If it's a refined evening you're in the market for, look away now. But if a performance which is equal measures of chaos and cool sounds more like your thing, Birmingham Opera Company's new production of Dido and Aeneas (DnA) is compulsory viewing. Last year's maniacal show - in a disused chemical factory that became an airport - bagged International Opera's new production of the year. It was vivid, violent and cruelly beautiful. From March 18 to 23, at the former site of The Ballroom (formerly of The Clash and Bob Marley repute) tickets are £5.


Last month we launched a booze-focussed events company called Crushed & Cubed and then, this month, we realised with horror that we should probably put on a booze-focussed event. Scouring the entire city top to bottom we stumbled upon a cinema that's, literally, 30 metres from our office, who were keen to work with us and with an incredible new Polish vodka by the name of Toruńska. Owned by two Brummies, this high-end voddy (think Grey Goose but not mind-numbingly dull) will be providing every attendee with a perfectly made Martini, before the Mockingbird Theatre screen ultimate man movie Swingers. Toruńska will also be making a post-movie cocktail and Crushed & Cubed will be bringing some added freebie tomfoolery, too. All this (movie, two cocktails, guaranteed smiles - March 30) for £5. And there's plenty more where that came from. Tickets
Venue: 11 Brindleyplace, 2 Brunswick Square, B1 2LP; website
Choice: Salmon and Eggs on toast (£4.95)  Chooser: Manager  

Question: What's the quickest way to ruin an issue of I Choose Birmingham that features some of the greatest shots taken by some of the planet's best photographers? Answer: Let I Choose Birmingham publish photos of their own breakfast in the same issue. Yep, we're not going to win awards for it, but new Brindleyplace restaurant Friska shouldn't lose out due to our woeful shutterbuggery. Pitching itself in or around Leon territory there's a happy vibe coming from the staff that feels natural and not at all - you know - American, making it an ace place for an informal business meeting. Even the chef poked his head out of the open kitchen to say hello and they had no idea we were there to review. Perfectly poached eggs, when poked, popped silky yolk all over the fresh, smoky salmon and bountifully buttered toast. We weren't hungover - which sometimes happens - but if we were that hangover would have been running for the Lickey Hills. Menu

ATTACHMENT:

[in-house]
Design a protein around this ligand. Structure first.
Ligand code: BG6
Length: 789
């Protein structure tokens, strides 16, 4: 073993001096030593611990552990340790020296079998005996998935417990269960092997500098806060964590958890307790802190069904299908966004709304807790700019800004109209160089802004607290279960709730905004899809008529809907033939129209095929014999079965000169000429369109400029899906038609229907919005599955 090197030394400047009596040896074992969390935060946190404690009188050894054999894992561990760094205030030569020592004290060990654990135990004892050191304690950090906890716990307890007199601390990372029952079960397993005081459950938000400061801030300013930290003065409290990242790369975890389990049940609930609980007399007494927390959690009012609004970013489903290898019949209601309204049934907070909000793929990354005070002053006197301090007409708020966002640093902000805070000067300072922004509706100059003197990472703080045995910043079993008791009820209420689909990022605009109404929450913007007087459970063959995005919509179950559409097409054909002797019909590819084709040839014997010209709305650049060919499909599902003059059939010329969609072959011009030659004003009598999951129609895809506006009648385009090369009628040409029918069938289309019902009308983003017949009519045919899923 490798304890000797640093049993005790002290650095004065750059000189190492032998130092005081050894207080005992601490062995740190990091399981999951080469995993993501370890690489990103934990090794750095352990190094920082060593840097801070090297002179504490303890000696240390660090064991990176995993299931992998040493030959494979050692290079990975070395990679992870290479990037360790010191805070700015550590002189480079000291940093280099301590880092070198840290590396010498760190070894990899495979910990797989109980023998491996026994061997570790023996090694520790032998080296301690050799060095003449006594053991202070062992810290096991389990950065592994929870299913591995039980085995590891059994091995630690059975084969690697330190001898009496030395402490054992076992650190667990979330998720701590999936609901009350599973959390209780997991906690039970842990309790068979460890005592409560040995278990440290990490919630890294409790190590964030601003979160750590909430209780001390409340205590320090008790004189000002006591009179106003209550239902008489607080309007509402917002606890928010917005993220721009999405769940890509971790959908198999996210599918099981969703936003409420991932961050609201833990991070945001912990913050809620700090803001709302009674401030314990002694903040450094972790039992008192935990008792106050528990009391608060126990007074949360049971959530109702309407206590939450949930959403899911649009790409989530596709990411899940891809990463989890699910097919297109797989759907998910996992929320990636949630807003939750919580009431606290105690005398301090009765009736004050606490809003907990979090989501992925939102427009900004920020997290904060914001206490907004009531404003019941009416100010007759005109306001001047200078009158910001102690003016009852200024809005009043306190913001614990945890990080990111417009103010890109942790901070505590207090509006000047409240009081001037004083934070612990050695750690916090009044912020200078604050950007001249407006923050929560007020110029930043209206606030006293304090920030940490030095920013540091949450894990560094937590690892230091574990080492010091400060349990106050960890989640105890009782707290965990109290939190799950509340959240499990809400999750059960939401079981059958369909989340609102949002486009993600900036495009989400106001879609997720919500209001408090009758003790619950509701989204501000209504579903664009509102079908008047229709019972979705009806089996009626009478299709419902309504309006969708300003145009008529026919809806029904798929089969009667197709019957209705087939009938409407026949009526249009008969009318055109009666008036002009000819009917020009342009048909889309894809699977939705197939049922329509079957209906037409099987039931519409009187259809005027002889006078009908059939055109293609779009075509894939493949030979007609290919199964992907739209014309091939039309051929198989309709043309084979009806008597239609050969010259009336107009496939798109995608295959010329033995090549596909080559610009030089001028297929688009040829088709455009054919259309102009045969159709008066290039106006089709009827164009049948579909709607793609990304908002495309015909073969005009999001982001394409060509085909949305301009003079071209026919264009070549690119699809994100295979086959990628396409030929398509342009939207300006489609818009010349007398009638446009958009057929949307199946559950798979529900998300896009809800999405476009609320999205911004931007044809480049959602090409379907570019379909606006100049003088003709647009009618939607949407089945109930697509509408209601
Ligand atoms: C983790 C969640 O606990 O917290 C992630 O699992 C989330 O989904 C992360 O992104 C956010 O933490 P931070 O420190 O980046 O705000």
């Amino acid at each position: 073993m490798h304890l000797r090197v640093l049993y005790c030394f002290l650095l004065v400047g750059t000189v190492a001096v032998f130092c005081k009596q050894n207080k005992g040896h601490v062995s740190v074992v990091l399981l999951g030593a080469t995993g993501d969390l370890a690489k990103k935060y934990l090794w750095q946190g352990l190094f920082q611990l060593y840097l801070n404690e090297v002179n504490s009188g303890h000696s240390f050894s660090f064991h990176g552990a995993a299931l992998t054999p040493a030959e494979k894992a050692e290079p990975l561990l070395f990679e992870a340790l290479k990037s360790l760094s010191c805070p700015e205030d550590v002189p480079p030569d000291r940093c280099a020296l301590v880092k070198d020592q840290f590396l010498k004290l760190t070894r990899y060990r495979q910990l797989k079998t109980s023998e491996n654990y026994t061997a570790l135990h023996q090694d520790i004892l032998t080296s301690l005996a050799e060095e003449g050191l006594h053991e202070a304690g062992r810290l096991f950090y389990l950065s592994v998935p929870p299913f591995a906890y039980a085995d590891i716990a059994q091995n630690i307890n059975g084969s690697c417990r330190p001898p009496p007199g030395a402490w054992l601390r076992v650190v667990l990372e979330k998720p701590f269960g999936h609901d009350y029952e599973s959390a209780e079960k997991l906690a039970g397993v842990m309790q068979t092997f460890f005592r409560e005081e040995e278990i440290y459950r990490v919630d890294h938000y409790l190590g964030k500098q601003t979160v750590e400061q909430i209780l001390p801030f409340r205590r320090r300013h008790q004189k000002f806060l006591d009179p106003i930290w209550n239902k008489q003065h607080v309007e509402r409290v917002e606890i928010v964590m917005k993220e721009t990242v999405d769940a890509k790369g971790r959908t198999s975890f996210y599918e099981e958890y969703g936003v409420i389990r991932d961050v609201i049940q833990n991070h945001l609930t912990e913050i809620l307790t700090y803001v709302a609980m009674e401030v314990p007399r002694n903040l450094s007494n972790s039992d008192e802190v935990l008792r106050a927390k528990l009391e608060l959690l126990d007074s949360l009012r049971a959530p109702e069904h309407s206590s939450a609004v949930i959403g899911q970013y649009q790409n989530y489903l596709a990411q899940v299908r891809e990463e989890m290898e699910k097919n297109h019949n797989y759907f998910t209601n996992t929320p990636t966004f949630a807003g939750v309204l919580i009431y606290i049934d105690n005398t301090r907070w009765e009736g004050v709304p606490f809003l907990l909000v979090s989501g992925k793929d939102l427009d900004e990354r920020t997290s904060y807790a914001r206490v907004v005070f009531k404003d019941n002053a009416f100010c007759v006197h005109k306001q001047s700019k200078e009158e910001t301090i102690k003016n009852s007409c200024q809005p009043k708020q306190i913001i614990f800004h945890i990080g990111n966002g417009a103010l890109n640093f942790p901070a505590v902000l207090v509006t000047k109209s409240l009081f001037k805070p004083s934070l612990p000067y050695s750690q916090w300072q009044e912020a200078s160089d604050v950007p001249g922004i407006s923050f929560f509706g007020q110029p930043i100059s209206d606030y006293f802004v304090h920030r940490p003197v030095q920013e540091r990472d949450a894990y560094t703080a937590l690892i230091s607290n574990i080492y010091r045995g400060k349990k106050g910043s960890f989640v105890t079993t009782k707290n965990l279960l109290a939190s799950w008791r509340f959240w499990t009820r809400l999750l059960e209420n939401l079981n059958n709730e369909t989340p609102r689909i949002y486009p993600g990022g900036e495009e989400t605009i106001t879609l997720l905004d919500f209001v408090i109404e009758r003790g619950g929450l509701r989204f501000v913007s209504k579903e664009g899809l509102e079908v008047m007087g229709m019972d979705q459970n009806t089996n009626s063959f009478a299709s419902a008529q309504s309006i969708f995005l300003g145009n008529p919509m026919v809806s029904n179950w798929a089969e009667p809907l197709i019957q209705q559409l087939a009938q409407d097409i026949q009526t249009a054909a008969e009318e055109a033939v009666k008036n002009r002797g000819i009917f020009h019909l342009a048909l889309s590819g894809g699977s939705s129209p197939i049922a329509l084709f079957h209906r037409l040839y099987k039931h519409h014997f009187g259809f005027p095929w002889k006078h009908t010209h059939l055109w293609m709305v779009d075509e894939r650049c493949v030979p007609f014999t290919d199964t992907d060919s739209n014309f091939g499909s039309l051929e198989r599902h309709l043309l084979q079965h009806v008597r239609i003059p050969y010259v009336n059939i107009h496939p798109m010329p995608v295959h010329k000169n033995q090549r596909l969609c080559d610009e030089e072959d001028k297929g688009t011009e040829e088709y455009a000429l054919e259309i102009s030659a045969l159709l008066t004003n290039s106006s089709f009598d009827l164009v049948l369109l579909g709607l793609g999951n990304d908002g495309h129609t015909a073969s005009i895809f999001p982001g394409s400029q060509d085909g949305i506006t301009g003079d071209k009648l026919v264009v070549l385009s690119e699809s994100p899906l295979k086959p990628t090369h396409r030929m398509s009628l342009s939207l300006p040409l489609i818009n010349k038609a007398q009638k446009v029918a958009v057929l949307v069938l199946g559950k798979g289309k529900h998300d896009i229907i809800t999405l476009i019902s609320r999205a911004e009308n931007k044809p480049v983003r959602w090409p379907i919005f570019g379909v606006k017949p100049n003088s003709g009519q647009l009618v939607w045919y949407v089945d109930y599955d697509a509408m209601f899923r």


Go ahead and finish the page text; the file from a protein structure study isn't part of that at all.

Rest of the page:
• Tickets to TEDx Brum are now on sale. Part of a global platform for some of the world's most inspired thinkers, the all day event is occurring on June 11 at the Town Hall
  • Easter Sunday is in ten days. The Chocolate Quarter have created three newbies - including the Hot Cross Bun egg - in celebration
  • Bournville Book Fest is this weekend and full of lots of activities to keep the small people entertained. Full programme
  • Greek myth meets Welsh council estate in Iphigenia In Splott, which won the UK Theatre Award 2015's Best New Play. Until Saturday at The Rep. Tickets (at £13.50) right here
  • Call for entries: RBSA's annual competition to find new art is open to all until March 23. First prize is 100,000 pennies. Details
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"You got these claws and you're staring at these claws and your thinking to yourself, and with these claws you're thinking, "How am I supposed to kill this bunny?" - Trent, Swingers
WORDS: Katy DrohanAndrew LowryTom Cullen
IMAGES: David Godfrey (puffin)

I Choose Birmingham, Unit 317, Zellig, Gibb Street, Birmingham, B9 4AA
Copyright © 2016 Birmingham Publishing Group Ltd, All rights reserved.